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poet

Jericho Brown

Shreveport , LA , United States
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Jericho Brown grew up in Shreveport, Louisiana, and worked as a speechwriter for the mayor of New Orleans before earning his PhD in literature and creative writing from the University of Houston. He also holds an MFA in creative writing from the University of New Orleans and graduated with a BA from Dillard University in 1998.

Brown is the author of The Tradition (Copper Canyon Press, 2019); The New Testament (Copper Canyon Press, 2014), which received the Anisfield-Wolf Book Award; and Please (New Issues, 2008), which received the 2009 American Book Award. Of his work, Ilya Kaminsky writes, "His lyrics are memorable, muscular, majestic. His voice in these lines is alive—something that is quite rare in his generation of very bookish and very ironic poetics. Brown's poems are living on the page, and they give the reader that much: a sense of having been alive fully."

Brown is the recipient of a Whiting Writer's Award and has received fellowships from the Bread Loaf Writers' Conference, the Guggenheim Foundation, the Krakow Poetry Seminar in Poland, the National Endowment for the Arts, and the Radcliffe Institute at Harvard University.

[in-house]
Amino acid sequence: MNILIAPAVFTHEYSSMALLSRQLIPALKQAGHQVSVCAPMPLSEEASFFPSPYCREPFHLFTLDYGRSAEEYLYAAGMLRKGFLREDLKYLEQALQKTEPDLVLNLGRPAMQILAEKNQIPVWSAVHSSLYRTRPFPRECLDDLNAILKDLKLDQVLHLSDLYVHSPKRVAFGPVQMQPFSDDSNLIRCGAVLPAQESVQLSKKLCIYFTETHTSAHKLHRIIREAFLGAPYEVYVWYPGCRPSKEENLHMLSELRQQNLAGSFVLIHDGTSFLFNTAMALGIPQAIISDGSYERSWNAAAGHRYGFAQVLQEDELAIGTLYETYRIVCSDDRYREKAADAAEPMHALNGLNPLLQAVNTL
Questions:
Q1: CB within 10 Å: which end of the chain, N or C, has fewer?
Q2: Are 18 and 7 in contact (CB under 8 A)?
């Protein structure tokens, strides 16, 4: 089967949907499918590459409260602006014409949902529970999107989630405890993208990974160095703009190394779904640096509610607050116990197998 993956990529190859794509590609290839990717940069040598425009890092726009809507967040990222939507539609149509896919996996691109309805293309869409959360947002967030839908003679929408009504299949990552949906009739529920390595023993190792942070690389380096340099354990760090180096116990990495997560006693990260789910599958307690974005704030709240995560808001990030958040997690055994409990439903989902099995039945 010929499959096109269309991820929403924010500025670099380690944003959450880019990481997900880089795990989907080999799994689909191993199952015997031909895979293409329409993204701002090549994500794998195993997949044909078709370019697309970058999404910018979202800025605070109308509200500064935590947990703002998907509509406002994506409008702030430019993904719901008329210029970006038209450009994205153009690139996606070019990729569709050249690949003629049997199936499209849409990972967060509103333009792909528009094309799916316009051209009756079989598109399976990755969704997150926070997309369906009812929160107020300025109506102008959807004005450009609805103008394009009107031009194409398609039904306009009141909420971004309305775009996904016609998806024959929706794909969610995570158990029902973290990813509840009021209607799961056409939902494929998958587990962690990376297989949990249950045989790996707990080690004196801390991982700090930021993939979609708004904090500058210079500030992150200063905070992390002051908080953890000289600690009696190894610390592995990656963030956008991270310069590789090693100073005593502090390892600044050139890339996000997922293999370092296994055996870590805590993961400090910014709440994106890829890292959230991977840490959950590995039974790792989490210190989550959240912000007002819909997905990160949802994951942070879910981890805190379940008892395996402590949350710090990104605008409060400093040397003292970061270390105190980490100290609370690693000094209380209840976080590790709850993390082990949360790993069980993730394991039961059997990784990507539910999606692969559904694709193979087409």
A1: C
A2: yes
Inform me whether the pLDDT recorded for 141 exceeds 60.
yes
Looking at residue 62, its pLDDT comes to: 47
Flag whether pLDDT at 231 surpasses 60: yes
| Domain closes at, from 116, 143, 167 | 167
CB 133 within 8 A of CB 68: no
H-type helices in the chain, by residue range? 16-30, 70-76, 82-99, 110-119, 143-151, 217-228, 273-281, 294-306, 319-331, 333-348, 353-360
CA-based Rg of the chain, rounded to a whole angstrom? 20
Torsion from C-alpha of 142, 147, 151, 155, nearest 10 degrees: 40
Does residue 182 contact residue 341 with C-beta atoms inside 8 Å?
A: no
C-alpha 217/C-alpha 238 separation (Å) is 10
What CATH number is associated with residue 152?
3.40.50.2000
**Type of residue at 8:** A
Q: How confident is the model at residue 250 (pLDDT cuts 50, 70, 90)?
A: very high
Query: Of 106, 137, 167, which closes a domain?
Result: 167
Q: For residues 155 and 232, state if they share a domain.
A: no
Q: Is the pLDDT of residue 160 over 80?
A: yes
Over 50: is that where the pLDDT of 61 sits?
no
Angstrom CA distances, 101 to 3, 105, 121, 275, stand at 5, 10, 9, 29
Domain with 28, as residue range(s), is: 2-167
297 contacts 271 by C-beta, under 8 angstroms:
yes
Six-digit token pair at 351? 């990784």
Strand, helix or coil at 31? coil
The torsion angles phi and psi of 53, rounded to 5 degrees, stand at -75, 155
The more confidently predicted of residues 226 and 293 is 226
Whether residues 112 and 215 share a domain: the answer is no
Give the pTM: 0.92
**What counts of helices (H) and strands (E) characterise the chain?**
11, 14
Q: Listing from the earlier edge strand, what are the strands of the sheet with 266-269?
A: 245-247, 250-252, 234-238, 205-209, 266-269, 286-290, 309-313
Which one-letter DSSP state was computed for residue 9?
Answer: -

He was a teaching fellow in the English department at the University of Houston from 2002 to 2007, a visiting professor at San Diego State University's MFA program in spring 2009, and an assistant professor of English at the University of San Diego. He has also taught at numerous conferences and workshops, including the Iowa Summer Writing Festival at the University of Iowa. He is currently an associate professor of English and creative writing at Emory University in Atlanta, Georgia.


Bibliography

The Tradition (Copper Canyon Press, 2019)
The New Testament (Copper Canyon Press, 2014)
Please (New Issues, 2008)
 

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2
poem

To believe in God is to love
What none can see. Let a lover go,

Let him walk out with the good
Spoons or die

Without a signature, and so much
Remains for scrubbing, for a polish

Cleaner than devotion. Tonight,
God is one spot, and you,

You must be one

poem
They sat on the dresser like anything
I put in my pocket before leaving
The house.  I even saw a few tiny ones
Tilted against the window of my living
Room, little metal threats with splinters
For handles.  They leaned like those
Teenage boys at the corner who might
Not be teenage boys because they ask
For